"Nerdy is the new thirty." And just like that, Samsung's Michelle Engel helped kick off the 14th installment of SF MusicTech Summit - a bi-annual Bay Area conference that was held for the third time this year due to overwhelming demand from the music and tech communities. Developers, designers, VCs, industry executives, entrepreneurs, and musicians jam-packed San Francisco's Kabuki Hotel for sessions ranging from music production how-to's to discussions on utilizing digital technology to enhance a consumer-facing brand or career as an artist.
While it's impossible to capture every pertinent insight that occurred throughout the day, there are a few notable events worth covering. For those who missed a panel or the conference, altogether, registering for the newsletter or following the official SF MusicTech Summit Twitter account is highly recommended as the organizers will be releasing videos of the panels, in their entirety, along with a set of exclusive interviews from renowned music business experts in the next few weeks.
Digital music is an ever-evolving field and those who wish to enhance their careers can usually be found at SF MusicTech Summit. From TechCrunch's Josh Constine appointing himself the "Simon Cowell" of the Summit, with his brutally honest commentary, to an influx of women sharing their struggles and successes in an intimate gathering, hosted by Women 2.0, there are definitely a few highlights worth revisiting.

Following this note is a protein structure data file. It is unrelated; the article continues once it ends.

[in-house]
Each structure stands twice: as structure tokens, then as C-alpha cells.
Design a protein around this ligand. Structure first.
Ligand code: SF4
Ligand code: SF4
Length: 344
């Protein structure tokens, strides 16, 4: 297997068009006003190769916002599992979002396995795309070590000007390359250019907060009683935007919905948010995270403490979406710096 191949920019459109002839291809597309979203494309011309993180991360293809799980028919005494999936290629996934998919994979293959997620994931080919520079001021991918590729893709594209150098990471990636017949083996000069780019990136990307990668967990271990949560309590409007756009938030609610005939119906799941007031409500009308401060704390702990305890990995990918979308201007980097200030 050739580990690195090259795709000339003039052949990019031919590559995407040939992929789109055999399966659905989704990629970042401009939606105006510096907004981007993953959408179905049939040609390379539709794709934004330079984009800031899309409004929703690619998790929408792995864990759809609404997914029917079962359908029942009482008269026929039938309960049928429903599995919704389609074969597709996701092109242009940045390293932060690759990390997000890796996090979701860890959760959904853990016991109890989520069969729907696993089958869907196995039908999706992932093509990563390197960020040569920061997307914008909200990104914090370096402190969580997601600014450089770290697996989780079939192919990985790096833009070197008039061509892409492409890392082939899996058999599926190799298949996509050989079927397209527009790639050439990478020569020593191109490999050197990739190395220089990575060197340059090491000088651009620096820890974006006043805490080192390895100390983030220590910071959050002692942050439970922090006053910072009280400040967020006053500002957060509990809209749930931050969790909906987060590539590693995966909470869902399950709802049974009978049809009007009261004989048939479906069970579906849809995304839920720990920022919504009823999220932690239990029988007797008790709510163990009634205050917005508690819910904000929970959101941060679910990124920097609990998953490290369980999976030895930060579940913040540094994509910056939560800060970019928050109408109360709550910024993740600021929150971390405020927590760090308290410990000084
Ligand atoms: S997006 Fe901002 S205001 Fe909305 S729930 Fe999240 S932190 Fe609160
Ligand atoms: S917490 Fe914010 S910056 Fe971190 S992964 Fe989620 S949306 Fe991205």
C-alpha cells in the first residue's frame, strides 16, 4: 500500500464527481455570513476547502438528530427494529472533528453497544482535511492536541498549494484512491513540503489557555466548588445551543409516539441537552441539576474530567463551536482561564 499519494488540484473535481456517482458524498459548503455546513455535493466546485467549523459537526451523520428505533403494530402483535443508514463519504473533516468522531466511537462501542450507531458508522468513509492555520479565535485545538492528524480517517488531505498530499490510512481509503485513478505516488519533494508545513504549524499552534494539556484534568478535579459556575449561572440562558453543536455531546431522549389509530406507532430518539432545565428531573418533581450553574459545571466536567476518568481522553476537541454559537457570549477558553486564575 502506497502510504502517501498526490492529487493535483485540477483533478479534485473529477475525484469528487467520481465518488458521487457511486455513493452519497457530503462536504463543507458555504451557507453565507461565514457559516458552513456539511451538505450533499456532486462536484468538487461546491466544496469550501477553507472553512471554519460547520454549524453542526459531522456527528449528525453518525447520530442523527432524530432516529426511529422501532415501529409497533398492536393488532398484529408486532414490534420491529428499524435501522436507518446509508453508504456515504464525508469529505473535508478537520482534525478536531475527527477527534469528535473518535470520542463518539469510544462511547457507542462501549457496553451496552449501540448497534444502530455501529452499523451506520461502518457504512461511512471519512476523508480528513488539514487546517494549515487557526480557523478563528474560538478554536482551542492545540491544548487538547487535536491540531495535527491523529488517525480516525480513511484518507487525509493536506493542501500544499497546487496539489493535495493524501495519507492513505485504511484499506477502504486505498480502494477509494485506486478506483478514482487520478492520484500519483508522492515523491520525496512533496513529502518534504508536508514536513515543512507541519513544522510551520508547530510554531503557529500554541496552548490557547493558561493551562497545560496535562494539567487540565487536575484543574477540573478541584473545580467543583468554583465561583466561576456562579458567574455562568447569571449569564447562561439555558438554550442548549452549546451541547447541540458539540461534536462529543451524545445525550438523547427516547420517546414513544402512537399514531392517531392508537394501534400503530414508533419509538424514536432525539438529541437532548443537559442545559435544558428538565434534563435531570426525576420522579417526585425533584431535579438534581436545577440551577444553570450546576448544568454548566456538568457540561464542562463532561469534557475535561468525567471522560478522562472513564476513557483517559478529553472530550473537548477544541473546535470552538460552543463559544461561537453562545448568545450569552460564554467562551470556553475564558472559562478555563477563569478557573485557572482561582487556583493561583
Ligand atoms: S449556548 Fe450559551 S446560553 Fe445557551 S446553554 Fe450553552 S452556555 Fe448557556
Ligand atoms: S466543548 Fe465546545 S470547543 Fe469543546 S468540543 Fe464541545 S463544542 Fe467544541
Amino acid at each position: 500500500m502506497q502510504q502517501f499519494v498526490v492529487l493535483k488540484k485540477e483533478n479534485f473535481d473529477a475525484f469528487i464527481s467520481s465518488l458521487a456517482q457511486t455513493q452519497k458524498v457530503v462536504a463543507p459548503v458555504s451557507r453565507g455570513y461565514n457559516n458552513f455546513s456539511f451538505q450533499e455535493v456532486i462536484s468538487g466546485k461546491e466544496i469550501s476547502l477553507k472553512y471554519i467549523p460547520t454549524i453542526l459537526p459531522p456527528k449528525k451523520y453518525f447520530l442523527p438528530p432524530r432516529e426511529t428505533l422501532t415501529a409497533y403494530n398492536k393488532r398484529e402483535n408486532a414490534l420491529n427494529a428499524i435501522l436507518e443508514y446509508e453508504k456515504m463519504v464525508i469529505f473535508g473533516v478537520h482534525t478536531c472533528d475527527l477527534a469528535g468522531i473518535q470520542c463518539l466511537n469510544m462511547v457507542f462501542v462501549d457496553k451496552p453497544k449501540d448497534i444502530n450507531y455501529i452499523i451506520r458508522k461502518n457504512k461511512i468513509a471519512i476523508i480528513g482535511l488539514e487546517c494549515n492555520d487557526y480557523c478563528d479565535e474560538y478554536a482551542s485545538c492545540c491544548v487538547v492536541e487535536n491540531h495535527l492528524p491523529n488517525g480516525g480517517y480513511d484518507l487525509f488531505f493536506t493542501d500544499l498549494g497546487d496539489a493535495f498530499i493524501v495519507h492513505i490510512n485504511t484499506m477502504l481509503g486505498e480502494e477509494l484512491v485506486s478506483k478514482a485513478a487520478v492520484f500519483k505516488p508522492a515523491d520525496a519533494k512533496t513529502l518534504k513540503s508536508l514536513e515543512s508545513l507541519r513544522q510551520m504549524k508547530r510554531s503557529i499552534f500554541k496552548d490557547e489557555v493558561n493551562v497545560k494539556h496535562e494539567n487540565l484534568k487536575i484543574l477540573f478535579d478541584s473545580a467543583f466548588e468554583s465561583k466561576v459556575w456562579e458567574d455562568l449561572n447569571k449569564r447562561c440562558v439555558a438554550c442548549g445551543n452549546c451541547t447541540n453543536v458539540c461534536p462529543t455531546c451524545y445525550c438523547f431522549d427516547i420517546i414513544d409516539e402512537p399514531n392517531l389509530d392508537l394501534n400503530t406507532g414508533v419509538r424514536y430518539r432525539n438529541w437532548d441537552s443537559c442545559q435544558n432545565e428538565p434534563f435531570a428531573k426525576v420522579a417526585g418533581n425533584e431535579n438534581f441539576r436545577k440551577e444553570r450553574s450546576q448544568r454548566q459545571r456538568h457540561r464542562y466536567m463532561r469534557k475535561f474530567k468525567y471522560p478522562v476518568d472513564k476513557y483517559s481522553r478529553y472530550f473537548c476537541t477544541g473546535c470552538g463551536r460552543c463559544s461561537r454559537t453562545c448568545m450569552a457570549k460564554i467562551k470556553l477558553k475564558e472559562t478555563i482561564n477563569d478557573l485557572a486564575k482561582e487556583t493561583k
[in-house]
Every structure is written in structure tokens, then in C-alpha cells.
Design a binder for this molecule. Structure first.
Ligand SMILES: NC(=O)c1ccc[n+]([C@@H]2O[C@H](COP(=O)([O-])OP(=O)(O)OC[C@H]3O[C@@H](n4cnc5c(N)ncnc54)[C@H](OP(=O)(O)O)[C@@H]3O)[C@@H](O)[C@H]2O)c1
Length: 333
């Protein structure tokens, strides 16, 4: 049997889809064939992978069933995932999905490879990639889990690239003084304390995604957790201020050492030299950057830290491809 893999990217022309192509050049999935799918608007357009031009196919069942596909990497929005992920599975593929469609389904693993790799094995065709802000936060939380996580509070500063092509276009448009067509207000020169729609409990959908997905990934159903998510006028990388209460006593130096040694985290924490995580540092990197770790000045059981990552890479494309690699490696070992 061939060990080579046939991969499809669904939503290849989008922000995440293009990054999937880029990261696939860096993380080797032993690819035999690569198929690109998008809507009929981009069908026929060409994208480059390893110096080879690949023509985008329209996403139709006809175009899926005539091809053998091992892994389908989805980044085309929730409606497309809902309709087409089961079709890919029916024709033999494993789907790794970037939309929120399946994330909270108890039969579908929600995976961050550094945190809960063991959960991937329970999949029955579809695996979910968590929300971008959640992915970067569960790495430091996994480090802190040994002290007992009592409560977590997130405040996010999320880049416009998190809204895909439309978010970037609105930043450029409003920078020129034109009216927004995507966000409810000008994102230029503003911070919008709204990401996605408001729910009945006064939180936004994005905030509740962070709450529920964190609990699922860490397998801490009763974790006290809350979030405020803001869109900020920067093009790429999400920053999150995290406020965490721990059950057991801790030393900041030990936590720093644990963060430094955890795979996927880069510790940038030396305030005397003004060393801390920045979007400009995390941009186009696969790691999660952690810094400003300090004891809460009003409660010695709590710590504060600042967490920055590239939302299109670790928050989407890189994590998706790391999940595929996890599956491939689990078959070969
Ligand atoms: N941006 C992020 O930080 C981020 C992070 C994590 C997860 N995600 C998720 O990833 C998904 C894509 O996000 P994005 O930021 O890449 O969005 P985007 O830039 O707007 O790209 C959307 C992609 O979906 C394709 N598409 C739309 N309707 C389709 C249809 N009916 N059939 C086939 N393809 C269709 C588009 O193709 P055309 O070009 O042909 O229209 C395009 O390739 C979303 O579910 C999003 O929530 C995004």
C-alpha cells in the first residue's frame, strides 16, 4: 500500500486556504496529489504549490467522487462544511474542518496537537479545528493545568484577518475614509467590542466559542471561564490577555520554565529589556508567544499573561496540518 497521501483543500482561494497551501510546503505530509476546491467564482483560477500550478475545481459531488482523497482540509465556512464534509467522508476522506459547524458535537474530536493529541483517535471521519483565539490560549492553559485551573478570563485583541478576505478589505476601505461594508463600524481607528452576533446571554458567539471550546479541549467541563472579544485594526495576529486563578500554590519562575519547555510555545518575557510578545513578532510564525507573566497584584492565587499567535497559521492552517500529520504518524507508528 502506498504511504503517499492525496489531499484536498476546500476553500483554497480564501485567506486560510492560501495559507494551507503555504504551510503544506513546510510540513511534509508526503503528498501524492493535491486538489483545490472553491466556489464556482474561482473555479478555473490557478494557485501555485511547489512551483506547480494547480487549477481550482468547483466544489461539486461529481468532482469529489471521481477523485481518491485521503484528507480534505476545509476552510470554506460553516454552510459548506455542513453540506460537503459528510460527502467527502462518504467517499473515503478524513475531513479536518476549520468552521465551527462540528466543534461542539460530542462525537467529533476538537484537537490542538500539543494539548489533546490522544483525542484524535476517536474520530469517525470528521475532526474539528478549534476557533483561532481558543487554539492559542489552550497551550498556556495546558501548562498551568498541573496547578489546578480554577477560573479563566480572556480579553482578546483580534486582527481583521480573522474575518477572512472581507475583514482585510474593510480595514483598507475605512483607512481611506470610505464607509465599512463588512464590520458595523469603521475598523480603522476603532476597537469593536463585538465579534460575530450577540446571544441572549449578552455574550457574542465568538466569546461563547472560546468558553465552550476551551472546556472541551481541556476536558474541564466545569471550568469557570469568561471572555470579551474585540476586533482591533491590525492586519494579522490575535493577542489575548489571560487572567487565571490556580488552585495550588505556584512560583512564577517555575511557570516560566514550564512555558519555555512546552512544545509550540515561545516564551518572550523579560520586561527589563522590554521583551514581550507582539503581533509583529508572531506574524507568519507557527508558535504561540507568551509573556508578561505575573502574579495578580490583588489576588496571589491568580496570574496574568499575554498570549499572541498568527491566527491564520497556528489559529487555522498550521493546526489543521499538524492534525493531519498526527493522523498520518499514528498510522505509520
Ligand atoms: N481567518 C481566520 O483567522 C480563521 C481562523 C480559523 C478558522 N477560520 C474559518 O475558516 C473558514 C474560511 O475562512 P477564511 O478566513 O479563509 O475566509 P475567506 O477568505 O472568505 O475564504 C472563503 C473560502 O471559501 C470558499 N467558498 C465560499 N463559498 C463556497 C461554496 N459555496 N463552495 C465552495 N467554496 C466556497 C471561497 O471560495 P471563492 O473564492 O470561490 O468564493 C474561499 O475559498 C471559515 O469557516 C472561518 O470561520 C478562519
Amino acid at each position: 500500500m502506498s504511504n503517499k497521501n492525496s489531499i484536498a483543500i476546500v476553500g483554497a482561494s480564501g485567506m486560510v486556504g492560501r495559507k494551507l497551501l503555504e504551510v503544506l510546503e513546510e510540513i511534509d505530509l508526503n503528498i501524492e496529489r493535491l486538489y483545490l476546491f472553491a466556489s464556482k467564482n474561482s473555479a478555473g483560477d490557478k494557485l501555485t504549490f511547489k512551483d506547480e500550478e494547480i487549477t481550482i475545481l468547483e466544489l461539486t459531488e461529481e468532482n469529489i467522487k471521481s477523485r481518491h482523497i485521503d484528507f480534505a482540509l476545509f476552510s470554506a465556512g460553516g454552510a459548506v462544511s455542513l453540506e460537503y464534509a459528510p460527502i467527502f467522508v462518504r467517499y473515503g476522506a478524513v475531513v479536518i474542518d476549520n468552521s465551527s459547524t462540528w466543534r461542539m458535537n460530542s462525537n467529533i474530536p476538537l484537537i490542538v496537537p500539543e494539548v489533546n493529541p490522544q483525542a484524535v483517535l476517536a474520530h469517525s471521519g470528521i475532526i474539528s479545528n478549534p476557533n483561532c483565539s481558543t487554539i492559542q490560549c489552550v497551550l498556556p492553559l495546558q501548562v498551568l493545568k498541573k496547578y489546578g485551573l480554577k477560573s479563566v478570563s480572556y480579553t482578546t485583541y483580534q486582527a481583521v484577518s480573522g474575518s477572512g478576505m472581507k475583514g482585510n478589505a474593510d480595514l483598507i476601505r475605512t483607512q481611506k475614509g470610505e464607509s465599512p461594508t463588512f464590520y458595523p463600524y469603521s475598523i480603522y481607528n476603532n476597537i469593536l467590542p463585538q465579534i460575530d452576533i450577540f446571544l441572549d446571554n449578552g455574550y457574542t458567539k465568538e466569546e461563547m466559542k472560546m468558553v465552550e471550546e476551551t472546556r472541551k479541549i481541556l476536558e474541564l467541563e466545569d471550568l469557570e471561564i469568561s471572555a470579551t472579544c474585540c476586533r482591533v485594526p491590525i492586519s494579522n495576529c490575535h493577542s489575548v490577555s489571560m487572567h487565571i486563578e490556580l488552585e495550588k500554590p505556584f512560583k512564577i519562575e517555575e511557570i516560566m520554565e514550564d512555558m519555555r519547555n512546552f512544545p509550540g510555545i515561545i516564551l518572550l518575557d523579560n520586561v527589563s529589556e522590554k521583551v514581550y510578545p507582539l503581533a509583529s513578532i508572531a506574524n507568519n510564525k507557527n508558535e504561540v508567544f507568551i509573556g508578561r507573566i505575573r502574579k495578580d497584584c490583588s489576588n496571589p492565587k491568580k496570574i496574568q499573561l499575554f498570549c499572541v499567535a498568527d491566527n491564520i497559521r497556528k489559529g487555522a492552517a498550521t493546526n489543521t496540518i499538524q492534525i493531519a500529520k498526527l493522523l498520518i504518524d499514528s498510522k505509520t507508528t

Women in (music) tech
If there's one thing the tech industry, in general, is in dire need of, it's more women. SF MusicTech co-founder Shoshana Zisk used her influence and connections to make a much-needed panel happen. For the first time ever, an intimate meetup co-hosted with Cindy Charles, of Women in Digital Media, and Sepi Nasiri, of the popular Women 2.0 organization, was held specifically for women to share their backgrounds and connect with each other.
The standing-room-only event of 50+ women was an open forum for introductions and idea-related discussions. One attendee, Melissa Morel, brought up the concept of indirect aggression against women (by other women), what it is, and how to stop it. Kyla Fairchild, of the influential roots magazine No Depression, countered the argument with the fact that she's started a regular women's meetup in Seattle and, thus, admonished many misconceptions they have about joining forces in the pursuit of success. Other attendees included Gracenote's chief recruiter who announced that she's "always looking for awesome women to join the company."